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Arrangement similar to old Pacific Conference on Hillsboro area schools' wish list

HILLSBORO TRIBUNE PHOTO: CHASE ALLGOOD - Glencoe footballWhen the Oregon School Activities Association (OSAA) shook up high school sports leagues two years ago, Forest Grove and the four Hillsboro-area schools were not happy.

Now, they are preparing to do something about it.

They are making plans to ask the OSAA to create a new 6A league (schools over 1,260-student enrollment) comprised of Forest Grove, Glencoe, Century, Liberty, McMinnville and Newberg, and possibly one more school. Hillsboro High School is a smaller 5A (710-1,269 students) school and could choose to move up to play in the proposed 6A league.

“We want a league similar to old Pacific Conference that had long time rivalries with Hillsboro, McMinnville and Newberg that went back to the 1920s,” said Doug Thompson, Forest Grove High School athletic director.

They current OSAA classificationss will last through the 2017-18 school year. The exact timing on when Forest Grove and allied schools submit their request to the OSAA is being determined, Thompson said.

Century, Glencoe and Liberty want to get out of the power-packed Metro League, mainly because it is overwhelmingly dominated by bigger enrollment public schools, Beaverton, Sunset and Westview and mega-power Jesuit.

“Some Hillsboro schools are getting wiped out in sports, especially football,” said Rian Petrick, Hillsboro School District director of Extra Curricular Programs, who oversees athletic programs for Century, Glencoe, Hillsboro and Liberty. Hillsboro is the 5A Greater Oregon Conference.

“If a football team can get into the playoffs, and then gets blown out, they can swallow it, but getting blown out eight straight regular-season games in a row -- is whole different level of suffering for kids,” Petrick explained.

And the blow outs are getting worse. A final score of 35-0 in high school football was considered a rout in the 1970s, 1980s and 1990s, but in recent years in the Metro League, a 35-0 score is common midway through the second quarter. The reasons go beyond enrollment imbalance and also include faster synthetic fields and the pass-happy spread offenses, but the demoralizing results are real and far-reaching on boys. Some Metro League schools, despite having 700, 800 and 1,000 boys in the school, are having difficulty getting enough interest to fully field the freshman and JV teams, Petrick said.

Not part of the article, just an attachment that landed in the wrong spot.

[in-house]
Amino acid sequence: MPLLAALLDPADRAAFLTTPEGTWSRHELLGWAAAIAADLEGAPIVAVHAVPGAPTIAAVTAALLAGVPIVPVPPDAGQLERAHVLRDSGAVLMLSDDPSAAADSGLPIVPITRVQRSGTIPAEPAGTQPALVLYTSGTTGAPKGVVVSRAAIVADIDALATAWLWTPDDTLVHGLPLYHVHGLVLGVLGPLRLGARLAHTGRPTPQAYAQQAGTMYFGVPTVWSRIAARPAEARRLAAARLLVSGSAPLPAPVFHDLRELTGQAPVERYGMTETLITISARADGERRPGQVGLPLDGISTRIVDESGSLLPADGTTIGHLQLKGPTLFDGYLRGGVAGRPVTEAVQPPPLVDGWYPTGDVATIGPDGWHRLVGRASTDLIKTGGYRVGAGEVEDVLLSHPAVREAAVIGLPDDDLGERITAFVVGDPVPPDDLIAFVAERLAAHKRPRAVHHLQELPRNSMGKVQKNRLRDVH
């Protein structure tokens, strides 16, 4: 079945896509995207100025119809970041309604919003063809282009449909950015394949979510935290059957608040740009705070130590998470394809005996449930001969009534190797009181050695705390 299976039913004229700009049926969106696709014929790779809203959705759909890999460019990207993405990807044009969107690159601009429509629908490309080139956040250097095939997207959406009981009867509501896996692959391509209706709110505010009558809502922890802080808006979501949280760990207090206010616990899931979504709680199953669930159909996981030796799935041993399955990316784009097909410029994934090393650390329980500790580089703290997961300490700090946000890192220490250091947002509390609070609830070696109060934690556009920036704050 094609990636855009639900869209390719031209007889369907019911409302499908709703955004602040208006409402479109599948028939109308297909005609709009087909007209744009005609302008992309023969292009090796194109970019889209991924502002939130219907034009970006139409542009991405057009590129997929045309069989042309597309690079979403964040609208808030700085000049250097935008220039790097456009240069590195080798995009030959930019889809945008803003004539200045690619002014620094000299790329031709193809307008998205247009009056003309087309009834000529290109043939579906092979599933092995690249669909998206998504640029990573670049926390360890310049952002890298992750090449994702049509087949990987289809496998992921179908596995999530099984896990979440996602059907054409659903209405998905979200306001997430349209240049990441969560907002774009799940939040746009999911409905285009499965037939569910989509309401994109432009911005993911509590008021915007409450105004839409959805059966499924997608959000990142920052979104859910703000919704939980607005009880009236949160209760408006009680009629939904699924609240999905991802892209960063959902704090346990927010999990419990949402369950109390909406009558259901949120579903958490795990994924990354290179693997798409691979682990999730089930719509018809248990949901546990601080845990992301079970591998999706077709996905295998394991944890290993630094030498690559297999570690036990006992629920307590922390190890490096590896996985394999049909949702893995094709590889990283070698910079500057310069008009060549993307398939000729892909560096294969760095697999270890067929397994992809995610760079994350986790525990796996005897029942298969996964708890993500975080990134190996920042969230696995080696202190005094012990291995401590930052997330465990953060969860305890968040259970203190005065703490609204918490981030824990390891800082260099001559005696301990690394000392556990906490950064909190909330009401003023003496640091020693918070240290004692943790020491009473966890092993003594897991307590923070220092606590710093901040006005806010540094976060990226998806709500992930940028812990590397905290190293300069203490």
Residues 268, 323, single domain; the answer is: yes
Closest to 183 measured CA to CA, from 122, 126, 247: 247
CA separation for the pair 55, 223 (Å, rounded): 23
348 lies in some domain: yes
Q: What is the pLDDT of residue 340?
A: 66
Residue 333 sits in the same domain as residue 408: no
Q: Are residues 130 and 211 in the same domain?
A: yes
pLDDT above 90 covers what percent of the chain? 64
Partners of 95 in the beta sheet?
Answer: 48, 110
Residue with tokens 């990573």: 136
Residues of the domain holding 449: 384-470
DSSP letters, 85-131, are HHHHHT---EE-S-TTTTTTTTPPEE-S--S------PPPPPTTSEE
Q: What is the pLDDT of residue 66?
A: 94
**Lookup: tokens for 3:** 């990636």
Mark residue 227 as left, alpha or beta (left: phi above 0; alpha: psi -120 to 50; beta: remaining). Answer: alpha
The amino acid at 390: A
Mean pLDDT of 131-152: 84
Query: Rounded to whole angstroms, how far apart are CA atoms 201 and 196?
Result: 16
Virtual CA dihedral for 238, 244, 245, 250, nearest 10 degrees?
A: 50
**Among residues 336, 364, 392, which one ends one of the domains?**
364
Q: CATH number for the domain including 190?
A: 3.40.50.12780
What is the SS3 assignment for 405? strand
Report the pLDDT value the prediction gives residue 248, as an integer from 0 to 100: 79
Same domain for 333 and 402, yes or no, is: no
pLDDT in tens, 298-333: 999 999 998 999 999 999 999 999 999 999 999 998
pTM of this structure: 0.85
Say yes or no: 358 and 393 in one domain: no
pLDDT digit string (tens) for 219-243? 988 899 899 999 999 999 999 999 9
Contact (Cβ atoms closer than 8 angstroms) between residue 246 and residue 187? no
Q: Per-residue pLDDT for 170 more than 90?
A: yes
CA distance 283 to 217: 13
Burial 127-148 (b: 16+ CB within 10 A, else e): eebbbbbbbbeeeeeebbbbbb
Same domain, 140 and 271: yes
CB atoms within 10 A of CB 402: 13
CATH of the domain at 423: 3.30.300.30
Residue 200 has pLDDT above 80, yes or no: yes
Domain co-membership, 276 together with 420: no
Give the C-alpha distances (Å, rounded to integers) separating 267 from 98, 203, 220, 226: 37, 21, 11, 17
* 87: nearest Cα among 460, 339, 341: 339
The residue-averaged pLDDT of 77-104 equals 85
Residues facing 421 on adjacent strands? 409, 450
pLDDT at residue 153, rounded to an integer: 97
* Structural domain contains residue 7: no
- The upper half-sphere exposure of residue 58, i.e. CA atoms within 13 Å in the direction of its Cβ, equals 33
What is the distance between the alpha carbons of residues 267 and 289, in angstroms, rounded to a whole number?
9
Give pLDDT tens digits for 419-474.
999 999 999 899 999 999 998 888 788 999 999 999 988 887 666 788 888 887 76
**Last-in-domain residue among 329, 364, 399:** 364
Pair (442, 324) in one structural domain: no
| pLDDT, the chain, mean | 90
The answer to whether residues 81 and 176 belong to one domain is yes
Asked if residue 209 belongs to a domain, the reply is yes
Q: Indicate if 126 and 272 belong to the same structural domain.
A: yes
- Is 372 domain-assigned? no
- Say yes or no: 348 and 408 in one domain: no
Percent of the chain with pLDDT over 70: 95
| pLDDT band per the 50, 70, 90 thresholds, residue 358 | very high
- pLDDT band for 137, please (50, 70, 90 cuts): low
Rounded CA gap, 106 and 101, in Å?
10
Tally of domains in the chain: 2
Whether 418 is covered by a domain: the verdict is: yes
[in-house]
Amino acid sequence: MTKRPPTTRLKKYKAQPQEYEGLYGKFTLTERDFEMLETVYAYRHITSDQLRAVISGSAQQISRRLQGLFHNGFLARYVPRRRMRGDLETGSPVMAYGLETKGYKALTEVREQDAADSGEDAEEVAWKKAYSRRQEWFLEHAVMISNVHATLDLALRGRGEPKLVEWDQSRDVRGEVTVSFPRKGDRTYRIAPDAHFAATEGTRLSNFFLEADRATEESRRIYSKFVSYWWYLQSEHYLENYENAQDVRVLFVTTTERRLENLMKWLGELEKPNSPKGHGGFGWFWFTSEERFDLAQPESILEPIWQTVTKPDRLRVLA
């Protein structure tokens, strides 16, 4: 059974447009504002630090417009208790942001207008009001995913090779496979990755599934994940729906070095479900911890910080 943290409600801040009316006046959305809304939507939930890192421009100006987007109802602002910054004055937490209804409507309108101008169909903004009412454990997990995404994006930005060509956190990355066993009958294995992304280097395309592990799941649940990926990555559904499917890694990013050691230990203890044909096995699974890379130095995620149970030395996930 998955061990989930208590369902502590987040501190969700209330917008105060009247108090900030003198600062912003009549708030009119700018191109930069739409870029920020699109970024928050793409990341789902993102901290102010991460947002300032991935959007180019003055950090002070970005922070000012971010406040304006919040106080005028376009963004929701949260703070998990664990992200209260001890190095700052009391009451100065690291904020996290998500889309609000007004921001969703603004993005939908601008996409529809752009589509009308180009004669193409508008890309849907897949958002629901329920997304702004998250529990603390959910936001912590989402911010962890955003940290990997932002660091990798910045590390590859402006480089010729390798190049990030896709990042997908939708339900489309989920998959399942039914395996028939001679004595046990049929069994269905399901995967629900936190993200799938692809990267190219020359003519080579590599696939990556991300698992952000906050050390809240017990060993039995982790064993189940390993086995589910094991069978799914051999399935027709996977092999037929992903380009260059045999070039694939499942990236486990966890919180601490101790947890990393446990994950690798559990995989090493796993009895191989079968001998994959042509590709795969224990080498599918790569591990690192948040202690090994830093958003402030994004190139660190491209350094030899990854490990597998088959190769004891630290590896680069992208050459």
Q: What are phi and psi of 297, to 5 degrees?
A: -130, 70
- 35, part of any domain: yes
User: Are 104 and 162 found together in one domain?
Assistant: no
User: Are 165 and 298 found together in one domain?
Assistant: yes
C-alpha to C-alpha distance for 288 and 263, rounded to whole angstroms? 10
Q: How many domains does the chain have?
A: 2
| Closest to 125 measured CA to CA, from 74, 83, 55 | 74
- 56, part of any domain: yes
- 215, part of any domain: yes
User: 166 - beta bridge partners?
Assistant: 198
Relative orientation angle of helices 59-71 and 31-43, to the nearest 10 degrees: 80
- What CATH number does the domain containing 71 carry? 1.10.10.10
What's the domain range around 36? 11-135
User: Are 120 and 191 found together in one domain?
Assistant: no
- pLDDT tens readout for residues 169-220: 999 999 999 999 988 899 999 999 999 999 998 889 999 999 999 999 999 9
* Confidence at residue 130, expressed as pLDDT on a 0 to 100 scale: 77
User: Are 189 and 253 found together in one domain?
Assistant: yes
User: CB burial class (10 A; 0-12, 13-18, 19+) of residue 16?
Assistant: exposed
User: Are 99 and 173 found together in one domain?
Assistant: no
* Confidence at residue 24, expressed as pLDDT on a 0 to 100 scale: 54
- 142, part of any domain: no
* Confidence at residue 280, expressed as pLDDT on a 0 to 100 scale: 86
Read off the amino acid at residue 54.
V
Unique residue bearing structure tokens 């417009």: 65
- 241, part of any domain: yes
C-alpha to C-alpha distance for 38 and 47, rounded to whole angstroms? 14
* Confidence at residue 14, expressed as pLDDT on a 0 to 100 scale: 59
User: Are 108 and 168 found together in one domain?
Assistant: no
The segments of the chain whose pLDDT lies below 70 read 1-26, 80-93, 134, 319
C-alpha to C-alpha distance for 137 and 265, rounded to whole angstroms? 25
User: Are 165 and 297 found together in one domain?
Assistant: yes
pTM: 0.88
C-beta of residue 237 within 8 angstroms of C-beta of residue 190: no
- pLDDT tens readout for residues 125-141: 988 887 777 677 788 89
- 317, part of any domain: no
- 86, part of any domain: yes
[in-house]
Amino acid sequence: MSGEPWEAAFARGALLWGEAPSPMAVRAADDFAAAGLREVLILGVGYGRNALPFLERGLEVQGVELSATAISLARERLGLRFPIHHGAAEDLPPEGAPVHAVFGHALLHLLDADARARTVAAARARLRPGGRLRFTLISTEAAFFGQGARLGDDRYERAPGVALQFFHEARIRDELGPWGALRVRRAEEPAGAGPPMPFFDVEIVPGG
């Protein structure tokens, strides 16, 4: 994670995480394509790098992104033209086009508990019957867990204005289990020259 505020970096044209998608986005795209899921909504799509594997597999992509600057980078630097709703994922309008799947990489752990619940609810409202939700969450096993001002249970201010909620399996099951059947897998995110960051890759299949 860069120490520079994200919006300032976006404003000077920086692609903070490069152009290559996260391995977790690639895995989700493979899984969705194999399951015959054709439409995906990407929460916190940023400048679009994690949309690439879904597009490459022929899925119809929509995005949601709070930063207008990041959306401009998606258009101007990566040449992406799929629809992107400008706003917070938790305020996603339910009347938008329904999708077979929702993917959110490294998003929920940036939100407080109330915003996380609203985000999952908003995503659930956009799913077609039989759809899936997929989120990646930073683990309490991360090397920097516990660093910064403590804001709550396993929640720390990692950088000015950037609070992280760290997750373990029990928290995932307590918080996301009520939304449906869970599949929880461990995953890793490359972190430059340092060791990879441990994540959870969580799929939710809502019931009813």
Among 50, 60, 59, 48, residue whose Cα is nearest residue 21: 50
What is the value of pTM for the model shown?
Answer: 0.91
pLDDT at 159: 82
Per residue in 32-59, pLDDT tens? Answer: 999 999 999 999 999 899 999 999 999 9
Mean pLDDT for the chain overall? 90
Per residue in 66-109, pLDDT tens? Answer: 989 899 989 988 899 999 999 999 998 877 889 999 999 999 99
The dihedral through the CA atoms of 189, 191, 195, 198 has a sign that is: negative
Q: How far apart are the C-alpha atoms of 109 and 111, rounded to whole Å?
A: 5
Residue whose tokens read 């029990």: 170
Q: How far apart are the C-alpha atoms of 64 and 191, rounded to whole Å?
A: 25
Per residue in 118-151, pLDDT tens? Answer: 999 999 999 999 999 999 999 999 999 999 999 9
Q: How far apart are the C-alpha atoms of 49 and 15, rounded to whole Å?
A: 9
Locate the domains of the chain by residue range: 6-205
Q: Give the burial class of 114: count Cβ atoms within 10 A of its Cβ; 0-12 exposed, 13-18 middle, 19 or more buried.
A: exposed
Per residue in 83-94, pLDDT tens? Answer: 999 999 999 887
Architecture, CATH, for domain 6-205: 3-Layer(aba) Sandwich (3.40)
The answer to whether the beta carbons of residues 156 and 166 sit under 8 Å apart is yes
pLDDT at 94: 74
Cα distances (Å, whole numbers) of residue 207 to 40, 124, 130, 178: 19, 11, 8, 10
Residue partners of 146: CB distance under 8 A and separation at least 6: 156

Travel and traffic is another hassle, Thompson said. “We can take the back roads and sometimes get to Salem faster -- 50 miles away – than it would take to get to Jesuit and Beaverton (only about 15 miles away),” he said.

When the OSAA in 2014 expanded the number of enrollment classification from four to six, it broke up the old Pacific Conference. OSAA policy makers considered shifting Forest Grove into the Metro League, but Thompson vehemently and successfully opposed that. Instead, the OSAA offered a compromise whereby Forest Grove would join the new Greater Valley League, of McMinnville, South Salem, North Salem, McKay, McNary, Sprague, West Salem, West Albany.

Viking boys and girls teams have been competitive in the Greater Valley League sports, other than football, but Thompson wants out.

“The road trips to Salem and Albany are rough on families trying to attend their kids’ varsity an jv games, and can cut into afternoon class time and evening homework, ” Thompson said. Forest

Grove student attendances at away games also used to be several hundred students for local games at Glencoe or Hillsboro but has dwindled to almost nothing at road games to Salem.

Restoring league rivalries with the Glencoe, and regular non-league games with Hillsboro would increase community and school enthusiasm and be more a equitable athletic match for Forest Grove football, than some of the Salem schools which do well in the 6A playoffs.

Petrick cites an experiment with Glencoe’s football team this season as another reason for leaving the Metro League. After Glencoe went 0-9 in 2015 and turnout forecasts were perilously low for 2016, the school received OSAA special permission to leave Metro league, for football purposes, and play independent schedule in 2016 against 5A and smaller 6A teams as disparate as Benson, Corvallis and Eagle Point. The Crimson Tide finished the recent season with a 4-5 record, and Petrick smiled about that.

“Glencoe’s golng independent unleashed a lot of positive energy into the whole school this year,” he said. “The players knew that if they practiced all week, when they stepped onto the field they actually had -- some chance -- to win,” he explained.” Glencoe will remain football independent for the 2017 season, and then, hopefully, be able to compete 6A in a new Hillsboro-area/Forest Grove league after that, he said.

Thompson concluded saying, “the OSAA needs to look less at enrollment and geography, and more at competitive equity. “Schools have sports as part of education, to help kids become better people,” he explained, “and better competitive balance is going to give kids a better experience and

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